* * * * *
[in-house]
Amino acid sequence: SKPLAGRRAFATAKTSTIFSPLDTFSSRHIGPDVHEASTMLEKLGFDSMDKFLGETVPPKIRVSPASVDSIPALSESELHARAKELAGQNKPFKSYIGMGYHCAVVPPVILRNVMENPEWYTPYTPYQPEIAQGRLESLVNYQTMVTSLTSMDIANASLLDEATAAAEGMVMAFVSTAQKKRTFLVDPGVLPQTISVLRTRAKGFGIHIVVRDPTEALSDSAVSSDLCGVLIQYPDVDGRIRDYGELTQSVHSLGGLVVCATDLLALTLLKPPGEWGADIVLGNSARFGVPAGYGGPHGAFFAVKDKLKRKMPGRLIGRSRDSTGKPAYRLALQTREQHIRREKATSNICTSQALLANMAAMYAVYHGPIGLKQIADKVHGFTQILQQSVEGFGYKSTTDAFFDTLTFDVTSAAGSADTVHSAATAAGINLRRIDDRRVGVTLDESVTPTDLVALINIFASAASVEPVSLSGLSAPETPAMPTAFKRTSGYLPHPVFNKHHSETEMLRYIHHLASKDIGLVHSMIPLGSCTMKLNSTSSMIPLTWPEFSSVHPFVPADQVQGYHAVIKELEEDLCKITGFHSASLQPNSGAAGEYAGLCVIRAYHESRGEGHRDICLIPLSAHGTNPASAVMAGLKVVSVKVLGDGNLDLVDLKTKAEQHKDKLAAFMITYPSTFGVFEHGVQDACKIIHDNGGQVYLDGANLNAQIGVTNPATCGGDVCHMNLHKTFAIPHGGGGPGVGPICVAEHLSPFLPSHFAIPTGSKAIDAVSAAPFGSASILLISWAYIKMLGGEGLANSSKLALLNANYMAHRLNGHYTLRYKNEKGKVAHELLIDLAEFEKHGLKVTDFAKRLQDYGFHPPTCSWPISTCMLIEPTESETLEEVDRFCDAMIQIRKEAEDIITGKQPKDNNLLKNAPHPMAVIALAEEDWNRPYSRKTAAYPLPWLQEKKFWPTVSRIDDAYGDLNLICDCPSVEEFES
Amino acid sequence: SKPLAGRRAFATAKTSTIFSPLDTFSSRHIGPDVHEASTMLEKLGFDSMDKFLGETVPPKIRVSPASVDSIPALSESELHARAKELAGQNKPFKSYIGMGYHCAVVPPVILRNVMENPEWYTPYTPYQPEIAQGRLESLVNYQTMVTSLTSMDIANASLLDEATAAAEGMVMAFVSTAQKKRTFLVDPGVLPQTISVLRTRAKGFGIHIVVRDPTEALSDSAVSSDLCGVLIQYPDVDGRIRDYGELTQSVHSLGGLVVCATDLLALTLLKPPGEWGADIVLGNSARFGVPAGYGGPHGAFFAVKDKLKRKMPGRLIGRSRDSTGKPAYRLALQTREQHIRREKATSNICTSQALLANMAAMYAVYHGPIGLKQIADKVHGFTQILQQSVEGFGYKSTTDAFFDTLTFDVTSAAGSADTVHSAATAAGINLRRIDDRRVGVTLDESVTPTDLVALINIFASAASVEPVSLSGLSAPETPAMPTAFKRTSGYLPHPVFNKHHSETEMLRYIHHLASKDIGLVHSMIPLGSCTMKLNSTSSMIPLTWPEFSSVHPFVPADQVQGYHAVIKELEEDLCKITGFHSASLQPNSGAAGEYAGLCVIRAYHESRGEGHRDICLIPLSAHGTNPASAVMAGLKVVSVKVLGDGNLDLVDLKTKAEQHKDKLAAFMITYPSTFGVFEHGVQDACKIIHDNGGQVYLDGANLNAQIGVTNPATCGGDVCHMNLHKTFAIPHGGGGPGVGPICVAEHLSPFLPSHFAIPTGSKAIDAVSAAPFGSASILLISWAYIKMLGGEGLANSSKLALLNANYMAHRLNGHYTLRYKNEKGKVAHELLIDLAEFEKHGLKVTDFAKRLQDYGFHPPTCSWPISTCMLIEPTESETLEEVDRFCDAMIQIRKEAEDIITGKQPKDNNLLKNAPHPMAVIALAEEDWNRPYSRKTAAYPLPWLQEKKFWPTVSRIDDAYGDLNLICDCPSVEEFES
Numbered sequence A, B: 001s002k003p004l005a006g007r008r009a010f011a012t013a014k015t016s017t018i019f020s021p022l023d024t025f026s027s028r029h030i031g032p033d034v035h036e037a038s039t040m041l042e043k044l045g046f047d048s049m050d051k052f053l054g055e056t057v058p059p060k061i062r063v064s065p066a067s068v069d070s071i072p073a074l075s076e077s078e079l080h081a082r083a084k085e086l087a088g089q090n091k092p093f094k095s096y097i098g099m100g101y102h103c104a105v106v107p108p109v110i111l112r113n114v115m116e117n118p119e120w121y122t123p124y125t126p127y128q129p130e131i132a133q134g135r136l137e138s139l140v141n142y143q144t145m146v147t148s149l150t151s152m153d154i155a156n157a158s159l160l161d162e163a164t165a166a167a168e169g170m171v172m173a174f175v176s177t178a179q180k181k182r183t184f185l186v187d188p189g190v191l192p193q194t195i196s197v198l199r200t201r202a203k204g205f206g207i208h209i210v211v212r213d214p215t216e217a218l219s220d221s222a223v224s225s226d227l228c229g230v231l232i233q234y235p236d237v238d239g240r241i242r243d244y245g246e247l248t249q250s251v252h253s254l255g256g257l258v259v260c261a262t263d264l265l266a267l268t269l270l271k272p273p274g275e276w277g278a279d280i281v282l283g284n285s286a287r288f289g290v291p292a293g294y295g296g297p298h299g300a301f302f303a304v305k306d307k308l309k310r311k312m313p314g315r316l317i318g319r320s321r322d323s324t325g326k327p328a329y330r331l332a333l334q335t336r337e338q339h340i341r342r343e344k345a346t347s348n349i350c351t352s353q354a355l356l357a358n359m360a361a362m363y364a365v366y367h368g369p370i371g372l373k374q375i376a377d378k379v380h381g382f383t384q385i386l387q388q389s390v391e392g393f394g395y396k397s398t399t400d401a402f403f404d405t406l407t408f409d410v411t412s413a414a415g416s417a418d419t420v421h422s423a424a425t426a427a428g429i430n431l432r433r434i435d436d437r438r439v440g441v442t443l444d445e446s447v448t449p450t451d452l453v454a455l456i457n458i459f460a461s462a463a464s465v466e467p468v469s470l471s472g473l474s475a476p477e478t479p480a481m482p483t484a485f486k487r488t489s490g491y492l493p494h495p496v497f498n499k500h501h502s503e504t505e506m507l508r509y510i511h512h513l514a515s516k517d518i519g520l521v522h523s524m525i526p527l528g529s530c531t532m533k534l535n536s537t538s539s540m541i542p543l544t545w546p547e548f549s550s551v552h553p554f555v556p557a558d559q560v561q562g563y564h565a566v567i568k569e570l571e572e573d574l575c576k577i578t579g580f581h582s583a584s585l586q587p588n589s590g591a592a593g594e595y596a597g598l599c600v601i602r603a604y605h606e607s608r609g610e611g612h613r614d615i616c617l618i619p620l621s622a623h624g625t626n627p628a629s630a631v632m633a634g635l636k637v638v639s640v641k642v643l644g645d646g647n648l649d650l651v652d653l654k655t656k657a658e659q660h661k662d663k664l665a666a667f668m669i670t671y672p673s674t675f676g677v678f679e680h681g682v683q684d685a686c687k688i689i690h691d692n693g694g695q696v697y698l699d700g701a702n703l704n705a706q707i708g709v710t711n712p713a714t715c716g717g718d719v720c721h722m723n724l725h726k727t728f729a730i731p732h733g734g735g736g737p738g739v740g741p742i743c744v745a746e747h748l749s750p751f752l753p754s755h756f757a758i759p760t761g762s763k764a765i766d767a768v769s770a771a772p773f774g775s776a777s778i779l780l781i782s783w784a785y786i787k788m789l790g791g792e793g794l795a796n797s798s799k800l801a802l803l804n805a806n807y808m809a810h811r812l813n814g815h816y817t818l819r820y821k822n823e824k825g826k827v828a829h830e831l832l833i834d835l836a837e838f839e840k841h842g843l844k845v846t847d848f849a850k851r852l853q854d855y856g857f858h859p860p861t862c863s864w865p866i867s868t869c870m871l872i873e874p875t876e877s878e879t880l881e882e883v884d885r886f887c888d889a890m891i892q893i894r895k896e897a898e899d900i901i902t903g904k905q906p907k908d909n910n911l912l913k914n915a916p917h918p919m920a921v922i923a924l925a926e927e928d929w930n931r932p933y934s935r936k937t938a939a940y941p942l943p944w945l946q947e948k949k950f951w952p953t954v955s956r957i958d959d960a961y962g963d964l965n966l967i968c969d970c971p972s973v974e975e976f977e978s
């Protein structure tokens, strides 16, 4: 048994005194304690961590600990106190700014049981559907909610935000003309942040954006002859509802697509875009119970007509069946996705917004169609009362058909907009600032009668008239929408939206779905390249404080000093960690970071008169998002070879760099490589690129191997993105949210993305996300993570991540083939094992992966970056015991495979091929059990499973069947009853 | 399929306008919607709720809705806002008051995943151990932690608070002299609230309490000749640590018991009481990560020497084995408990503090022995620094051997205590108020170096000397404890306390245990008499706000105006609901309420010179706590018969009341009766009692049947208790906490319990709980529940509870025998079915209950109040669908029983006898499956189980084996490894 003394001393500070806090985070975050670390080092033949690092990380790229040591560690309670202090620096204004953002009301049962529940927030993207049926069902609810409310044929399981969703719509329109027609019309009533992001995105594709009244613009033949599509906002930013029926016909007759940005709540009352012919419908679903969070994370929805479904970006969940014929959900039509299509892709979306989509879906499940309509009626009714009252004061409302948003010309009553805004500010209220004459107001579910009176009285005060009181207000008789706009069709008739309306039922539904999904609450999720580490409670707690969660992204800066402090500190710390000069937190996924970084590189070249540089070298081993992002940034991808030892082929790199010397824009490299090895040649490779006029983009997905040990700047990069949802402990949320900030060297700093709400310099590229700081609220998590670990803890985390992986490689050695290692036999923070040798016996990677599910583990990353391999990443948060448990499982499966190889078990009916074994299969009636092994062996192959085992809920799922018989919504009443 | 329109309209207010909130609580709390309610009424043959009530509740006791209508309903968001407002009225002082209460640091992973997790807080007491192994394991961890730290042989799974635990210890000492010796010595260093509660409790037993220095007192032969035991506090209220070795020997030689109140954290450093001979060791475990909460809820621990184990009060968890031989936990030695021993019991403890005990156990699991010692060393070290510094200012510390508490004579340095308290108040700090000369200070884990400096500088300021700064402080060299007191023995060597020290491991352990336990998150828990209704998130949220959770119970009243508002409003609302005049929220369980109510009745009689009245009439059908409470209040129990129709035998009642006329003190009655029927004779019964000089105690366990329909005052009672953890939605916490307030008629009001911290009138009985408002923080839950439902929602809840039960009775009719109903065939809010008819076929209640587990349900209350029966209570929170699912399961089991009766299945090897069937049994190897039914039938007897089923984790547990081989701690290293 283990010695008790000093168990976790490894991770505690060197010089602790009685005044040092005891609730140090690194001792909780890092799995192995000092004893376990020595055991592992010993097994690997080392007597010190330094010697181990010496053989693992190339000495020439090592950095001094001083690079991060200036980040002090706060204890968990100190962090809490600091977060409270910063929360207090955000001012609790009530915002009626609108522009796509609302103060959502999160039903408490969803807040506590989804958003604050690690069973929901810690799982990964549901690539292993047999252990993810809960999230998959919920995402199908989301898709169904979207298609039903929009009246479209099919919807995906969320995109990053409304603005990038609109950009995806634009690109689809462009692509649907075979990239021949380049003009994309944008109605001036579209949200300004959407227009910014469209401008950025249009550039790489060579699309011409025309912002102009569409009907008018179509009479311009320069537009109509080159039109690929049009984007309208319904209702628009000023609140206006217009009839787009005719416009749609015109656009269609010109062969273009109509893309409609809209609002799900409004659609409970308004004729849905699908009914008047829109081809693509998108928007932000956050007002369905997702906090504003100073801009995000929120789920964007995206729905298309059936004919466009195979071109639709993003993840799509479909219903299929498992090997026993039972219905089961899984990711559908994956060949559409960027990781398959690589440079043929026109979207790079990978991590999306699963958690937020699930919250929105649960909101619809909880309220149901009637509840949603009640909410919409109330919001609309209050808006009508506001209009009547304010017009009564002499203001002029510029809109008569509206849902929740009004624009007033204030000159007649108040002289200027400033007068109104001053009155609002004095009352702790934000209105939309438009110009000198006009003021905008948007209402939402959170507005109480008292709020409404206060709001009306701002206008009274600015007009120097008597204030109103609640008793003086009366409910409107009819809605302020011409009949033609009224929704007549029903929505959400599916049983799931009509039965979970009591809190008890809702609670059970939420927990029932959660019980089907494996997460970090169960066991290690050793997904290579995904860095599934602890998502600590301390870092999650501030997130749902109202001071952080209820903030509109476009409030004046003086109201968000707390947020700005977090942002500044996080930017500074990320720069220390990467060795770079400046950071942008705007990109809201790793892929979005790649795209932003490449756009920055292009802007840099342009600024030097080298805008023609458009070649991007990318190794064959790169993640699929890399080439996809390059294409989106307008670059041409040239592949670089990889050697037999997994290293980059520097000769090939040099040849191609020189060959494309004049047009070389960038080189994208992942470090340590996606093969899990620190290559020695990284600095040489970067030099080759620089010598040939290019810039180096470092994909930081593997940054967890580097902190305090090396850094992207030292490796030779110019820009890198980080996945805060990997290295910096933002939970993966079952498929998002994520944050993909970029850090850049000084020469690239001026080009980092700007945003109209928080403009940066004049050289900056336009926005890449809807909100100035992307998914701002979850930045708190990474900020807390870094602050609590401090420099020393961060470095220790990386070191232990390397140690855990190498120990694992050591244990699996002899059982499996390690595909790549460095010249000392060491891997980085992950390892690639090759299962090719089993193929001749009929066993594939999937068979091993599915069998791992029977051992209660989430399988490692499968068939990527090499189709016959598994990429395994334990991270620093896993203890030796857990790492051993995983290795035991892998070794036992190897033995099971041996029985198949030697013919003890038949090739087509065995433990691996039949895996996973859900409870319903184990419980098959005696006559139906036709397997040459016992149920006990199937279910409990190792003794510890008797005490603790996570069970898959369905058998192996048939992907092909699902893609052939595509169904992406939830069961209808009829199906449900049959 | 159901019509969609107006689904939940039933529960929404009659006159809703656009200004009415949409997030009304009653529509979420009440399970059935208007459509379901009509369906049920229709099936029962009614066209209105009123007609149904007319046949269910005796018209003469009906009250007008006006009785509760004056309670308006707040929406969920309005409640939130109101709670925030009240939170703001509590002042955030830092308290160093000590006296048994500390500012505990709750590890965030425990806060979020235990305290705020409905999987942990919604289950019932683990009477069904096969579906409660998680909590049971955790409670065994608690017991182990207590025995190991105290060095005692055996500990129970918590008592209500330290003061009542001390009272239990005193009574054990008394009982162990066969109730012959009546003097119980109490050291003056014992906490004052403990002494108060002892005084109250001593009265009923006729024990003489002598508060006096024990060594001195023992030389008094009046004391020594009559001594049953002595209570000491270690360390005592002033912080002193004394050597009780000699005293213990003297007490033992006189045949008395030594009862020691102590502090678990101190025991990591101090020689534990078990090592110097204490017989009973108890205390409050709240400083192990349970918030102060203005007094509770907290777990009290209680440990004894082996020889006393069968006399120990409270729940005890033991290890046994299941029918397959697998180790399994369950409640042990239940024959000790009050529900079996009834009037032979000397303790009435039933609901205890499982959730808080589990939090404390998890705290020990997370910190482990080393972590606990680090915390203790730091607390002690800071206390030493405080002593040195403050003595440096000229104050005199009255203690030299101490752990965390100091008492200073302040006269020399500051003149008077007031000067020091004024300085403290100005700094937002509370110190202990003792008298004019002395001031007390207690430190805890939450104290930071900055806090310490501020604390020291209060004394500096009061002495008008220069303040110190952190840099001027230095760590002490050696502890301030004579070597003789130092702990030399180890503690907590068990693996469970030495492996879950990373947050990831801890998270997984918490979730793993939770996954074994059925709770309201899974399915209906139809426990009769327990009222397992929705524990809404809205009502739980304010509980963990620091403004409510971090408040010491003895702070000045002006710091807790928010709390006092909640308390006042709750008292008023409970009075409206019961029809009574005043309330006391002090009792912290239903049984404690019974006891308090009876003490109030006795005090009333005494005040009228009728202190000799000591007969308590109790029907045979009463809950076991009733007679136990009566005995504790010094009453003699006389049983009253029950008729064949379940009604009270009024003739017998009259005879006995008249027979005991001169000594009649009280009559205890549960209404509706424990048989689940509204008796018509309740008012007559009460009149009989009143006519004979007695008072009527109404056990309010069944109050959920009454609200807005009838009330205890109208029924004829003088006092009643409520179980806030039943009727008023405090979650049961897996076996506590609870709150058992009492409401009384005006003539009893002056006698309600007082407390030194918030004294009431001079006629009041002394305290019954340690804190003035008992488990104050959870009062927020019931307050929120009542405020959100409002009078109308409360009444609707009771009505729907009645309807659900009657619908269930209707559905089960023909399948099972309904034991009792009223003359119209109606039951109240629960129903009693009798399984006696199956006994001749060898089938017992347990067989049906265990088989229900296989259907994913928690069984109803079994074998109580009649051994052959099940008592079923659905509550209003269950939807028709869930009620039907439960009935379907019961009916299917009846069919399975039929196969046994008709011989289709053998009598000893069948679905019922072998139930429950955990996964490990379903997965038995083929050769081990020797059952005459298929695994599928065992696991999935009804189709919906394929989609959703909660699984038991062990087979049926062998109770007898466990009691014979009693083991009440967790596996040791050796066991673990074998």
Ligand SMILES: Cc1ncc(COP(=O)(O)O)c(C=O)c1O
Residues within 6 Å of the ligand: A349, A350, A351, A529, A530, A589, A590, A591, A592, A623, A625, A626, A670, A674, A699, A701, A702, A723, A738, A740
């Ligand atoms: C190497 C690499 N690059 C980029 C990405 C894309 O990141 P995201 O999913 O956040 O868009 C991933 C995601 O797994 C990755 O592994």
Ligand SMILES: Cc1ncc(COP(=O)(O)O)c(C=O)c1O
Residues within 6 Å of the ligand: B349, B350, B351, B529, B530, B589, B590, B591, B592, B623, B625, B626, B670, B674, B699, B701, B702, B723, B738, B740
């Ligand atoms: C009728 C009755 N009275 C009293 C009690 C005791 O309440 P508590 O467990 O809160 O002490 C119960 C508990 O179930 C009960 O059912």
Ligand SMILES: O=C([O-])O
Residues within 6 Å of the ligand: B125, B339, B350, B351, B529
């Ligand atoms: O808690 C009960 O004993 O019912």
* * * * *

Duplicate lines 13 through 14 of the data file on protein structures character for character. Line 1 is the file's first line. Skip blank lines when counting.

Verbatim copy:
Residues within 6 Å of the ligand: B125, B339, B350, B351, B529
């Ligand atoms: O808690 C009960 O004993 O019912």